Category Archives: vSphere 5
So I was doing some testing in vCloud Director 1.5 and noticed my RHEL Linux 5 vApp wasn’t able to enable Virtual CPU Hot add.
I went in and check my vCenter settings to see what the deal was:
Changing the setting on my vCenter updated it in my vCloud Director..
The alternative to having to do this workaround would be to change the template version within vCloud Director to RHEL version 6
You will notice the Virtual CPU hot add becomes available to check. I used this method on existing templates and it did not seem to break the templates.
However, if you are trying to create new templates of RHEL 6 with RHEL5 5 OS you may want to make sure your SCSI controller is correct. Again, changing it on my vApps seemed to make no impact to my OS currently installed.
It’s apparent bug to vCloud Director and @Lamw was kind enough to help me out.
Well, I guess I am on a roll this week. I feel like a lot of my themes have been around storage and VMware this week. I don’t think that is a bad thing but I am seeing some gaps out there as far as considerations and recommendations. My only point in this post is to share my thoughts for you and what you should consider when facing this after your vSphere 5 upgrade or after you install it. I have to wonder just how many enterprises out there have seriously pushed the envelope of LUN sizing in VMware. One has to think; “If you are carving up large LUNS does that mean your scaling up?”. There are so many implications one should consider when designing your storage. One of the more critical pieces is I/Ops and the cluster size and what your target workload is. With bigger LUNS this is something you have to consider and I do think it is common knowledge for the most part.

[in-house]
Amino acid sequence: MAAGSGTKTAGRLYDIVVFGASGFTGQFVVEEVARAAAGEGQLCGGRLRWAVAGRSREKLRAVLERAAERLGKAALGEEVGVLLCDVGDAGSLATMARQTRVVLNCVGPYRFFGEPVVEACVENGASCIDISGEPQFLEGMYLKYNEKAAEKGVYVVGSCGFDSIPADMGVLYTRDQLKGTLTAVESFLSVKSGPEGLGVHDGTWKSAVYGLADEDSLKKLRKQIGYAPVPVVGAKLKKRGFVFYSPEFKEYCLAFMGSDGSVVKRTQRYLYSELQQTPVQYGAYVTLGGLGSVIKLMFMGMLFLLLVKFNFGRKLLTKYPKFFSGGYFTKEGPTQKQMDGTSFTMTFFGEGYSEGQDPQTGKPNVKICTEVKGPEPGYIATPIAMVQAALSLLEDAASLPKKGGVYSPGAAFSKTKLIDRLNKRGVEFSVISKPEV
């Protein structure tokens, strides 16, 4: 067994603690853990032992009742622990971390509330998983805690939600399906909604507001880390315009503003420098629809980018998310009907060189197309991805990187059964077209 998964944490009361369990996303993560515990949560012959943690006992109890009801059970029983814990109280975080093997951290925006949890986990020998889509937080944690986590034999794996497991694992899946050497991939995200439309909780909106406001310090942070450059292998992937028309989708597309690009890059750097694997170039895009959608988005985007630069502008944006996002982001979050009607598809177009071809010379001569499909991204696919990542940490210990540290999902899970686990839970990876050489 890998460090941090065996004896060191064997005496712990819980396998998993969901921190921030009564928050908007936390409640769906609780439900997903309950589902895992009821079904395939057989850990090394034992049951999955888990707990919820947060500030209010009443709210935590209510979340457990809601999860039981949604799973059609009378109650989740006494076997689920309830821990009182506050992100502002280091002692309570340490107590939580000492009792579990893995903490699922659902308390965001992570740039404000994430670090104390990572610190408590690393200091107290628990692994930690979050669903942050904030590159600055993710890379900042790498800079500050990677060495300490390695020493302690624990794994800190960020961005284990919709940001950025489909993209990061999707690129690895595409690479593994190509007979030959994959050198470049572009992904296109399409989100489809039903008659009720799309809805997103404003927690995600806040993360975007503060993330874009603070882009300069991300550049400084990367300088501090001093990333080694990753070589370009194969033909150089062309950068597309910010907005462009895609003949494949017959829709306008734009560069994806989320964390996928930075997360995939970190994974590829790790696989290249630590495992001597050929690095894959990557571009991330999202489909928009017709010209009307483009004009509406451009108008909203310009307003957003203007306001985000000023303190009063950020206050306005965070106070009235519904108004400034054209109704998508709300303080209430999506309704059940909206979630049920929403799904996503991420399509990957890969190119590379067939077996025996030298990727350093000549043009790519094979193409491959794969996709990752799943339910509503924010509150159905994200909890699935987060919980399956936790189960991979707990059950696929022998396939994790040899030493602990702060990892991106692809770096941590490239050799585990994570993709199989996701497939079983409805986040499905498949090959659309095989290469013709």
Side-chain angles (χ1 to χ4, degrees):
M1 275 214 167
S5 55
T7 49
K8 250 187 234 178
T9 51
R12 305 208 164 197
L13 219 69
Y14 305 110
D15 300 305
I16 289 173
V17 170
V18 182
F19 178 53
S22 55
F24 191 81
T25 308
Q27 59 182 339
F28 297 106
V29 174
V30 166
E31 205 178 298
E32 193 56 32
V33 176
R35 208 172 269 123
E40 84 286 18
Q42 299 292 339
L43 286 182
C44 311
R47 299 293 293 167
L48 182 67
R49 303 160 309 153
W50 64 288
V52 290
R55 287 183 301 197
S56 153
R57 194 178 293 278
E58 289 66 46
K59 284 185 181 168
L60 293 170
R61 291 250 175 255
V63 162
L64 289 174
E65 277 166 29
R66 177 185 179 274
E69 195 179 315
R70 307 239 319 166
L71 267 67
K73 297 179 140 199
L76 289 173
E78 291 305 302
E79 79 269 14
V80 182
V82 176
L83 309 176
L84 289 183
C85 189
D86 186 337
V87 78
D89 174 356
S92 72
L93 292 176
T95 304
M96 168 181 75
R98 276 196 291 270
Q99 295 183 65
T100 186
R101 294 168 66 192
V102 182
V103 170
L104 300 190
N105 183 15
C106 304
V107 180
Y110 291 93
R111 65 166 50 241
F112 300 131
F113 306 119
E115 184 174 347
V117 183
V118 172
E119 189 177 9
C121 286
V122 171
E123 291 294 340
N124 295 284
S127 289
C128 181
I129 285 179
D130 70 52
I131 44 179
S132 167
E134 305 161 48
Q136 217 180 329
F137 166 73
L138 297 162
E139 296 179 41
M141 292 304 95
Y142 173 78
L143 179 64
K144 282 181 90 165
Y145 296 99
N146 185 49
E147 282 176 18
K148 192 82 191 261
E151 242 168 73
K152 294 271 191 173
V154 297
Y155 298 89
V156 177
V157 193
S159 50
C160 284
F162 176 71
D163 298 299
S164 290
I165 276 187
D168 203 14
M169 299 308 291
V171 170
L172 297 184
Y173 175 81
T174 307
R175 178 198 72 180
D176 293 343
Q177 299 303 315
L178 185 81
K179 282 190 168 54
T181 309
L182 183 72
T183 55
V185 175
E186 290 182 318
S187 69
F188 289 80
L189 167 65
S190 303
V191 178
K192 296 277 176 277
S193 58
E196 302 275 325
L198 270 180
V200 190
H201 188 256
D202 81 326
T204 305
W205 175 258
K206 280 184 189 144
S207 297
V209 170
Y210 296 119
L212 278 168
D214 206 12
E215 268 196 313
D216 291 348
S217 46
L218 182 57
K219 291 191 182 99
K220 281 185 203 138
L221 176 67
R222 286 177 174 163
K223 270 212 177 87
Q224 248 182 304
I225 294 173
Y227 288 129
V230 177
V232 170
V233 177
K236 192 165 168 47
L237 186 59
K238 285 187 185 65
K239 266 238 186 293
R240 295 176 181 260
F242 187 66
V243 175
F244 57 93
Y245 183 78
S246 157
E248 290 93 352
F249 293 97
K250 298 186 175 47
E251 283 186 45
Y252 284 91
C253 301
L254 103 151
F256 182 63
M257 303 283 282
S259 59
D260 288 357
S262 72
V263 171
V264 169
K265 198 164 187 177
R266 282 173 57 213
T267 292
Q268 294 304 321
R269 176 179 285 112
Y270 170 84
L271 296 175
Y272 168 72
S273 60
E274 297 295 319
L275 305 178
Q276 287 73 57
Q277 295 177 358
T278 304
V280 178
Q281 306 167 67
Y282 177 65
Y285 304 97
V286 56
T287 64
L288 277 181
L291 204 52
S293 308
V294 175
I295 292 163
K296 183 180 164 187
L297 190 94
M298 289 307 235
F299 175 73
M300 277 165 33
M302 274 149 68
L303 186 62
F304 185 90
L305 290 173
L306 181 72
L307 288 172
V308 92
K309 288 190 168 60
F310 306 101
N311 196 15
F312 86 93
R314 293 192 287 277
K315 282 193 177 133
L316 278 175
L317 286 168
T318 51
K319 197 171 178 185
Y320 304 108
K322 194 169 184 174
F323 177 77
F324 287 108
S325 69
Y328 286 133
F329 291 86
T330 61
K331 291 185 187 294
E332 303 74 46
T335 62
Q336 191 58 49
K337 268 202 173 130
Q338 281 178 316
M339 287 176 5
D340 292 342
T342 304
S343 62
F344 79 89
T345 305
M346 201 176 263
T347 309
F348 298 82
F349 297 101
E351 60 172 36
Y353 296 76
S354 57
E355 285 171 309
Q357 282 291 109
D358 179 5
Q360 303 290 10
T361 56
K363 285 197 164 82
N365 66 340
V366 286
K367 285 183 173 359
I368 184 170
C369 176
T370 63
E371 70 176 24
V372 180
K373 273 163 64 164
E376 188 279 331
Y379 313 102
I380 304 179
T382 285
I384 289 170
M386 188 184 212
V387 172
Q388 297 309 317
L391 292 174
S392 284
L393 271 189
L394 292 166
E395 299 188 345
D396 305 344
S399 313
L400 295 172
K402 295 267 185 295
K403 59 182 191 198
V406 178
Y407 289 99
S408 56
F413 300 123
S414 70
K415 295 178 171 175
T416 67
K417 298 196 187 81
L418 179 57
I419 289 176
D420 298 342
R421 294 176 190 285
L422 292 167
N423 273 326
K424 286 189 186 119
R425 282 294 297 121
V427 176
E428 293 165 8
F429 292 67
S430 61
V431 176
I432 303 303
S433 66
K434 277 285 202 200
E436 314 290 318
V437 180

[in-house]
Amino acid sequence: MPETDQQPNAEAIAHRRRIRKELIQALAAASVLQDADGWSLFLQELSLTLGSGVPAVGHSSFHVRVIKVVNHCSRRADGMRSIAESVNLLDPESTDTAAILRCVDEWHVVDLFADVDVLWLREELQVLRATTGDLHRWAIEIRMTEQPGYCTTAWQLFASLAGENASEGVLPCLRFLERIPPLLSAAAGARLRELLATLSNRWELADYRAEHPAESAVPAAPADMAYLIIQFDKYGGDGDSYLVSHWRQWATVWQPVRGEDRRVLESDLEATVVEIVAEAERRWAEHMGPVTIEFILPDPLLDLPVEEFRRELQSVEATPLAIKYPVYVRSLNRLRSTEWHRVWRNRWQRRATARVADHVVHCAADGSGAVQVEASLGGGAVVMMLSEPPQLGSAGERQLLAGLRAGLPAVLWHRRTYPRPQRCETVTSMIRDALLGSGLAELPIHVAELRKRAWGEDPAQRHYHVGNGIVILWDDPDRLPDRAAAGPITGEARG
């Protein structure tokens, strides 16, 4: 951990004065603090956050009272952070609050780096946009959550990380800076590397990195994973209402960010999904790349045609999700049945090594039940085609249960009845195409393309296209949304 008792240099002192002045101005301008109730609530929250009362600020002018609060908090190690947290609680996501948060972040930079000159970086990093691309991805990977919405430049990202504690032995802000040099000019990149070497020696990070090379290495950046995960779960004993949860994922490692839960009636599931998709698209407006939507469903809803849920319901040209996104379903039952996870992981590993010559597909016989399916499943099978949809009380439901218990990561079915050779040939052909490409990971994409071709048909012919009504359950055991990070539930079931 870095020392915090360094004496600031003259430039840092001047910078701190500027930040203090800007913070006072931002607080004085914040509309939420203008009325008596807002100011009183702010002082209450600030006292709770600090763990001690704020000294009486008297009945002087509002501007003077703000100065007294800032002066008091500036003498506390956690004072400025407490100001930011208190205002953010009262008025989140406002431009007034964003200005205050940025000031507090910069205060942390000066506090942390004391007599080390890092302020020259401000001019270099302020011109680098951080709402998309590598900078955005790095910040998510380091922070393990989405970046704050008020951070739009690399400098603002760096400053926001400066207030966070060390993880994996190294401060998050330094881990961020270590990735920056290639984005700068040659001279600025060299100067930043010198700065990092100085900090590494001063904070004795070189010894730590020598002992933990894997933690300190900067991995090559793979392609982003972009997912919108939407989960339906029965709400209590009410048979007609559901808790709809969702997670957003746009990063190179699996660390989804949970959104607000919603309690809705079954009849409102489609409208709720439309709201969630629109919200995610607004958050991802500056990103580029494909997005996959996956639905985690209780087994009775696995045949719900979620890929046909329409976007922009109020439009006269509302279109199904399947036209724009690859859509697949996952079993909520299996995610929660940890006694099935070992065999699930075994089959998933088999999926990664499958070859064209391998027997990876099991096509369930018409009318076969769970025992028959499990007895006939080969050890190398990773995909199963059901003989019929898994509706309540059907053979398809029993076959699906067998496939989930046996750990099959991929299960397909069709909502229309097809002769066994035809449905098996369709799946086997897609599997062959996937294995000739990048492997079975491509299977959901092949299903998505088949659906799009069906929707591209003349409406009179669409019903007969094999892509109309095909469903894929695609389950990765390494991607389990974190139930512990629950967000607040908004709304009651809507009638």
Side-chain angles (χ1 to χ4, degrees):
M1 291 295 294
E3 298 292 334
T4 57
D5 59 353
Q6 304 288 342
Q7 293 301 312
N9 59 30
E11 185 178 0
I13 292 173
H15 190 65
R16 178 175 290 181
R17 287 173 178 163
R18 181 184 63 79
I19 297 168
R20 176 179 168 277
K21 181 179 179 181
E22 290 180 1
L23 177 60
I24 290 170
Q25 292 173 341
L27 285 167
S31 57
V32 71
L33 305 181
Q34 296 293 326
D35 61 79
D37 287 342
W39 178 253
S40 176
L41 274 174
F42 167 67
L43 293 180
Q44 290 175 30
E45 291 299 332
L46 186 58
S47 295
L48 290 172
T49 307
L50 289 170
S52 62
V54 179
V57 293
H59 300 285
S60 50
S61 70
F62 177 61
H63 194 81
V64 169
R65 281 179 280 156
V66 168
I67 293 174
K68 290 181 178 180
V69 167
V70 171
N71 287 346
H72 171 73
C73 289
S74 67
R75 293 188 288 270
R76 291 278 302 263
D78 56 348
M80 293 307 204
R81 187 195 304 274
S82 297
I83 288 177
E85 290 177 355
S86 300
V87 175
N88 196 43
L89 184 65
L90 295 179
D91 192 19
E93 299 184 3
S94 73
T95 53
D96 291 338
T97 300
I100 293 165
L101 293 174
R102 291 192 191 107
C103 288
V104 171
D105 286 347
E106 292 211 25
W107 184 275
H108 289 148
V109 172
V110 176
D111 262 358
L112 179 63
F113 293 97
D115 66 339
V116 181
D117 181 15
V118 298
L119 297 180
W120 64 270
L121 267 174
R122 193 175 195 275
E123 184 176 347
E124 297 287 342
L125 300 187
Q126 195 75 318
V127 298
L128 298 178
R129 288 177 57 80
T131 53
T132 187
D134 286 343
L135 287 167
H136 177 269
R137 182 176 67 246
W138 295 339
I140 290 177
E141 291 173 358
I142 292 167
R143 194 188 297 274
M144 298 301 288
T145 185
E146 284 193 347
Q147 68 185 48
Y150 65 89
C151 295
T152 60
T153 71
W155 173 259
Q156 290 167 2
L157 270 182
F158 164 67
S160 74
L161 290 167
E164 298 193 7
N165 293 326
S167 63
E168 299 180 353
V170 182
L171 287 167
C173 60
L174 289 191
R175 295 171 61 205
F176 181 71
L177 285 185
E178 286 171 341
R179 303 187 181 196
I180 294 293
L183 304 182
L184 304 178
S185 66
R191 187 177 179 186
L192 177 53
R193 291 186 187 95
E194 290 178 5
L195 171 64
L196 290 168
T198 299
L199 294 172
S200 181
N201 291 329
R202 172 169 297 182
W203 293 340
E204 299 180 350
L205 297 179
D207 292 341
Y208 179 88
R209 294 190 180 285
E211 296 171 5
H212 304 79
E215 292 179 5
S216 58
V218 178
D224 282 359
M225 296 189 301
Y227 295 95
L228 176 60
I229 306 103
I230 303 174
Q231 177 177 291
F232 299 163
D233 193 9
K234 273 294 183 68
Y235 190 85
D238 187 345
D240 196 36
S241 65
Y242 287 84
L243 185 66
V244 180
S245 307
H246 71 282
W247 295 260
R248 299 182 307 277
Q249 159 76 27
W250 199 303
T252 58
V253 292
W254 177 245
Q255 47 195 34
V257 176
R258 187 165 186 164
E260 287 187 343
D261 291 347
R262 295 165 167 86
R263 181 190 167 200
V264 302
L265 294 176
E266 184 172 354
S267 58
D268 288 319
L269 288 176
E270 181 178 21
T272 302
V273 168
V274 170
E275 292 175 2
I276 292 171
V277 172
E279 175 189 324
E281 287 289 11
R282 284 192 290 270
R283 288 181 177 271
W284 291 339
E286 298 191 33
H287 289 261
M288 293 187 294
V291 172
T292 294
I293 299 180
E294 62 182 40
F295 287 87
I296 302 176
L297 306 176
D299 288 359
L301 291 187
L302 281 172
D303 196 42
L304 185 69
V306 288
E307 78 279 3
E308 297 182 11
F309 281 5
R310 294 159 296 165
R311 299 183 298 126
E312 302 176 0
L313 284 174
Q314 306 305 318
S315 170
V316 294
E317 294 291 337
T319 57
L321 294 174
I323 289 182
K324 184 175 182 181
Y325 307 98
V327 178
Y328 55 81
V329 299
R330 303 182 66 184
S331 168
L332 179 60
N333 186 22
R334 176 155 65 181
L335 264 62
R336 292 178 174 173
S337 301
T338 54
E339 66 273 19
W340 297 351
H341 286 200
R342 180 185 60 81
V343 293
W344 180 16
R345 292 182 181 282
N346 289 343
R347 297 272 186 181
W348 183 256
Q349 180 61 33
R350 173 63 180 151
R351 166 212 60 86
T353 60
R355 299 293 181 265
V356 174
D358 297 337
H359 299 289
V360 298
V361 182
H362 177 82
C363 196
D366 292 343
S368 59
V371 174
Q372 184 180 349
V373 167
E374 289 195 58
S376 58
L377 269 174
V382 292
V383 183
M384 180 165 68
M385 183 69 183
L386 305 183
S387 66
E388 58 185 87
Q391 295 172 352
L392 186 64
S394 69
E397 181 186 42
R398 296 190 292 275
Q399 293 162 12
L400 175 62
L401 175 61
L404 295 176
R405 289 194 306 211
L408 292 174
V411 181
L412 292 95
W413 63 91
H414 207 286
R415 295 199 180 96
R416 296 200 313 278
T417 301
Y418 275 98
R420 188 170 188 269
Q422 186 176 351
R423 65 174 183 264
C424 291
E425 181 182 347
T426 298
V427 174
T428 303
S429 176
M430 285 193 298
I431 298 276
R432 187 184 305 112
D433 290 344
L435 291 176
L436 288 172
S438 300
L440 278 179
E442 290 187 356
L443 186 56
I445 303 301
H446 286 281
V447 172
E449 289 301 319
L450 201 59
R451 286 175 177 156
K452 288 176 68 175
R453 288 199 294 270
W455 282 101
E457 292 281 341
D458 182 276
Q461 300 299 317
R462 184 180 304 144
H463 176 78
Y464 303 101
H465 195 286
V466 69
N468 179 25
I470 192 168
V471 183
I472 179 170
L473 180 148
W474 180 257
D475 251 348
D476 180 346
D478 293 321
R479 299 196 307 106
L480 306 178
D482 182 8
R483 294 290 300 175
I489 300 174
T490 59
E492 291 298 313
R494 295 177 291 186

There are so many things one should consider when deciding on a LUN Size for vSphere 5. I sincerely believe VMware is putting us all in a situation of scaling up sometimes. With the limitations of SDRS and Fast Provisioning it has really got my mind thinking. It’s going to be hard to justify a design scenario of a 16 node “used to be” cluster when you are trying to make a call on if you really want to use some of these other features. Again, you have heard me says this before but I will say it again; it seems more and more that VMware is making a huge target of this to Small to Medium sized businesses but offering some features larger sized companies (with much bigger clusters) now have to invest even more time in reviewing their current designs and standards – Hey, that could be a good thing . Standards to me are a huge factor for any organization. That part seems to take the longest to define and some cases even longer to get other teams to agree to. I don’t think VMware thought about some of those implications but I am sure they did their homework and knew just were a lot of this was going to land…